Swanning Into Town With Sofiane Sylve

Written by: Michael Darvell

Michael Darvell talks to Sofiane Sylve, one of four ballerinas dancing the dual roles of Odette and Odile in English National Ballet’s Swan Lake at the Royal Albert Hall…

Sofiane Sylve ©Hugo Glendinning

You can’t keep a good production down and, to celebrate the tenth anniversary of its Swan Lake, English National Ballet is staging the ballet again at the Royal Albert Hall from 13 June. Derek Deane’s in-the-round staging is the largest production of its kind in the world.

This will be its fifth appearance at the Kensington venue and it’s a work that could have been made for the Hall. There are over 120 dancers, with an orchestra of over 80 musicians plus acrobats, jugglers and some sixty swans gliding across the Arena. The dramatic tale of Prince Siegfried’s love for the Swan Queen, Odette, and their battle against the evil influence of Rothbart the magician, is set to Tchaikovsky’s glorious score, which is arguably the most popular of ballets.

Sharing the dual roles of the good Odette and the bad Odile is French ballerina Sofiane Sylve who is partnered by Stuttgart Ballet’s Principal Dancer Friedemann Vogel as Prince Siegfried. The other pairings are Agnes Oaks and Thomas Edur, Daria Klimenova and Dmitri Gruzdyev, Elena Glurdjidze and Arionel Vargas, and Erina Takahashi and Cesar Morales.

ENB’s Artistic Director, Wayne Eagling, sees Swan Lake in the round as a fundamental part of the Company’s repertoire, a huge challenge and a very rewarding one; as he says, “the fact that we are bringing this production back to the Royal Albert Hall for the fifth time is a testament to the public’s interest in a ballet produced in an unusual way and of the Company’s innovative handling of this classic work.” Following the London season ENB will take the production to the Palais de Versailles.

For Sofiane Sylve, it will be her debut at the Kensington venue. “This is the first time I have danced at the Royal Albert Hall so it’s very exciting. I am very curious to see what it’s like but am looking forward to it.”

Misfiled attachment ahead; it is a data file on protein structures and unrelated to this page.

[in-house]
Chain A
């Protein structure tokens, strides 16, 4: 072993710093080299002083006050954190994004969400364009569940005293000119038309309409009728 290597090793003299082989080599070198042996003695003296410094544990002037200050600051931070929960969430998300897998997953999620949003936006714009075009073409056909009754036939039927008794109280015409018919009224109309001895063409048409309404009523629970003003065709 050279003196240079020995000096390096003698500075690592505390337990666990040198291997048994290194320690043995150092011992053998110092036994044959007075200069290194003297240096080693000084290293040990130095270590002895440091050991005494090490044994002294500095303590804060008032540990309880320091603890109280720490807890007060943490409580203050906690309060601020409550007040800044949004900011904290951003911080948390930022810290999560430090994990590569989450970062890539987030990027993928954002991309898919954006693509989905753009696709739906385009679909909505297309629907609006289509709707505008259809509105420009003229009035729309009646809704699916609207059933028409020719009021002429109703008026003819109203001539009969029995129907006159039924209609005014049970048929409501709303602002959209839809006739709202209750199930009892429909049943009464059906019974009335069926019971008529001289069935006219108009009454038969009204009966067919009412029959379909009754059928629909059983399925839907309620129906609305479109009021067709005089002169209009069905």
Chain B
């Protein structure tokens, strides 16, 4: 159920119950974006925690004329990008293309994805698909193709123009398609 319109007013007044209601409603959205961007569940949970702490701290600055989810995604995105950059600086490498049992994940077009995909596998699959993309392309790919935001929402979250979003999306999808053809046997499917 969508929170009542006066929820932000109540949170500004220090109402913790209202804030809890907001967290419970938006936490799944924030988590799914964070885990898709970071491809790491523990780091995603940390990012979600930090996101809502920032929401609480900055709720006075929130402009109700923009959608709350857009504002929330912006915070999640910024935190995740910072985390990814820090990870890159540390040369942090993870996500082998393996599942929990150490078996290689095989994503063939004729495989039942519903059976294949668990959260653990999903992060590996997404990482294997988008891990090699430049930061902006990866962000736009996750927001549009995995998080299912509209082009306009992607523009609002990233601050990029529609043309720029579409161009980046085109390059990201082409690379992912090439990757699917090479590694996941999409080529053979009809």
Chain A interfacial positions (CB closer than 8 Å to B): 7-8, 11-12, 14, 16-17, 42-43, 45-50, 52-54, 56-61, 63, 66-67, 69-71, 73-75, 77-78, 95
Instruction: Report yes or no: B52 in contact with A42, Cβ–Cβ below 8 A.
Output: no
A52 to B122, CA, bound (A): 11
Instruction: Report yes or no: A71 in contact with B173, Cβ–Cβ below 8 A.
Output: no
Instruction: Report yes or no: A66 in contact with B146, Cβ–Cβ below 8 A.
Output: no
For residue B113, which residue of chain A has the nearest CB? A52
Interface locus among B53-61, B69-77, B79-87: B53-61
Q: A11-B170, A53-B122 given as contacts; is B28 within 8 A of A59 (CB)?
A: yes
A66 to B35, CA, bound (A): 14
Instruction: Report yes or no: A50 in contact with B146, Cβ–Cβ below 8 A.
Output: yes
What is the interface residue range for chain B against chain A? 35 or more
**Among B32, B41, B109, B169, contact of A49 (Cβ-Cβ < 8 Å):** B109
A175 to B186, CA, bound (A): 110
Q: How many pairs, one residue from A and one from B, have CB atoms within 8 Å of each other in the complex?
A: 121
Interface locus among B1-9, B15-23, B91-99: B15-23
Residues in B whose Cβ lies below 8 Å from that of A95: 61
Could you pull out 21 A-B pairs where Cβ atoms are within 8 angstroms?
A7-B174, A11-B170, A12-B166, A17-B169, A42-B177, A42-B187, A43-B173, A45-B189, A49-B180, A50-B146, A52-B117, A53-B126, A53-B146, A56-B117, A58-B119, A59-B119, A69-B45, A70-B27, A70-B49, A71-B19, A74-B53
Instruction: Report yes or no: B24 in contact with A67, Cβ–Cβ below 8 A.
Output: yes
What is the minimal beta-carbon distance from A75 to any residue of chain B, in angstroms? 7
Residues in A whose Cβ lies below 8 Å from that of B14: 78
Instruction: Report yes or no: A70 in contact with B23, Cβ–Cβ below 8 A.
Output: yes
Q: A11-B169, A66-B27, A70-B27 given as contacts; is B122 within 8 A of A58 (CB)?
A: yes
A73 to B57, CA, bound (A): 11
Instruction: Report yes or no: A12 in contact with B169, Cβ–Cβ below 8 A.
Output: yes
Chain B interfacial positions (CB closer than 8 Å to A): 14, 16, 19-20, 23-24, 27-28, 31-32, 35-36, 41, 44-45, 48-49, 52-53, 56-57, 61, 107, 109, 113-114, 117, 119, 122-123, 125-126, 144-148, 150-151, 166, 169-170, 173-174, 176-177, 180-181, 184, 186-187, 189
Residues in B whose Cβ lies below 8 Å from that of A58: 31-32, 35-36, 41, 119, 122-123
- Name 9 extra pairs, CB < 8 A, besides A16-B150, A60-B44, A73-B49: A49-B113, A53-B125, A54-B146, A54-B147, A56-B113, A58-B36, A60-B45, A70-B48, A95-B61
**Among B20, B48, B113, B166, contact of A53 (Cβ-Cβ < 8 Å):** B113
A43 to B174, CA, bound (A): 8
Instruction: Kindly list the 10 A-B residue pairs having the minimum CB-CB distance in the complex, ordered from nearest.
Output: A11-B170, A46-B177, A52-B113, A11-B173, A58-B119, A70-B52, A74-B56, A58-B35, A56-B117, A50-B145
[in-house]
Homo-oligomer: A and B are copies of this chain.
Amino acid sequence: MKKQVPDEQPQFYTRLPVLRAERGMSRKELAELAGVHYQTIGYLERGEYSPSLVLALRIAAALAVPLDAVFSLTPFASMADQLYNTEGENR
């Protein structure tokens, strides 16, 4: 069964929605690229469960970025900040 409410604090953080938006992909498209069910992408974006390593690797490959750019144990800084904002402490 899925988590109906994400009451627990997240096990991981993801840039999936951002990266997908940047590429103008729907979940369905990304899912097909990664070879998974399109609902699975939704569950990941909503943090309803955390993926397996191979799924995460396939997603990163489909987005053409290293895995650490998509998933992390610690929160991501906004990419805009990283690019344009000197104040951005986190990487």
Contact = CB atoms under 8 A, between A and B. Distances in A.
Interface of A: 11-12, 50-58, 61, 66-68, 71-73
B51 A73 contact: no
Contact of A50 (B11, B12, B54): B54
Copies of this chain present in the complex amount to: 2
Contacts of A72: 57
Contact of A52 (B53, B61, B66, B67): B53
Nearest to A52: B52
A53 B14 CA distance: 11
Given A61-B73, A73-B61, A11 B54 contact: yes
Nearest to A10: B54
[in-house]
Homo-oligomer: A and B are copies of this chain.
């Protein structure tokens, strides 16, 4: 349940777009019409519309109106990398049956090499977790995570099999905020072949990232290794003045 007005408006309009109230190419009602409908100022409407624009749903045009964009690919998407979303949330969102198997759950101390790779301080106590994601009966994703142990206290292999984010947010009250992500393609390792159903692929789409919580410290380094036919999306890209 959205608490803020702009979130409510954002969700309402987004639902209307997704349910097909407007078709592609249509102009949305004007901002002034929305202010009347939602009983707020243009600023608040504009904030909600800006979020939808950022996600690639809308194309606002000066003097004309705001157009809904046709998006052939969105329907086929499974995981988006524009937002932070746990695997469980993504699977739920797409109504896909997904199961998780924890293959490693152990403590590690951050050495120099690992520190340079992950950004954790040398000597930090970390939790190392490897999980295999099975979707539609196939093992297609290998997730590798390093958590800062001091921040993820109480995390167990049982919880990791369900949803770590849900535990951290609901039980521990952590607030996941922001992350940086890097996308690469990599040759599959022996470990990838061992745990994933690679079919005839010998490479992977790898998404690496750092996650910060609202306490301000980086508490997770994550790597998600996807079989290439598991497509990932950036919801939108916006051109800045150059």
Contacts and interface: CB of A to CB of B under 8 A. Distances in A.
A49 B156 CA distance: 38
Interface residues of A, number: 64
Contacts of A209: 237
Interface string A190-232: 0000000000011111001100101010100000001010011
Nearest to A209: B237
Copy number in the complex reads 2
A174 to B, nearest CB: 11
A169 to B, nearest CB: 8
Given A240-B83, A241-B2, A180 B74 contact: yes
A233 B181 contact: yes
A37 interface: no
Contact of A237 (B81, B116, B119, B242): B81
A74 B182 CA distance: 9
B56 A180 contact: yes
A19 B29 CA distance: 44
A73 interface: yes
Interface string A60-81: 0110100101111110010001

We were talking when Sofiane was in London to promote the season and was taking a few days off from her regular work for New York City Ballet. Before she joined the Company, she was a guest artist with NYCB in Balanchine’s The Nutcracker, Kammermusik No.2, Serenade, Slaughter on Tenth Avenue, Symphony in Three Movements and Western Symphony. Otherwise she has divided her career between the Budapest Opera, Teatro di San Carlo di Napoli, the National Ballet of Finland, the Bolshoi, the Vienna State Opera and the Nationale Ballet of the Netherlands where she met Wayne Eagling. Her career has been a pleasing mixture of classical and contemporary work. Does she have any preference for either one or the other?

“I’ve done two versions of Swan Lake before with the Dutch National Ballet and Budapest Opera. I enjoy the combination of classical and modern ballet. Although I’ve done work by Balanchine, I still like to be able to switch around, as I like to do varied work. Classical ballet is the hardest in the sense that you have borders that you cannot cross or play around with it, because this is what it is supposed to be. With a modern piece, however, you have the freedom of interpretation, whereas in classical ballet you have to do what is required. The basics are the same in any production of, say, Swan Lake: you have the Adagio, the Variation, the Coda, so basically you have to reach a certain level of perfection because classical ballet is just so hard. You have to train for it for the longest time and so it’s something your body has to keep in touch with. Otherwise, you would have to leave and do something else.”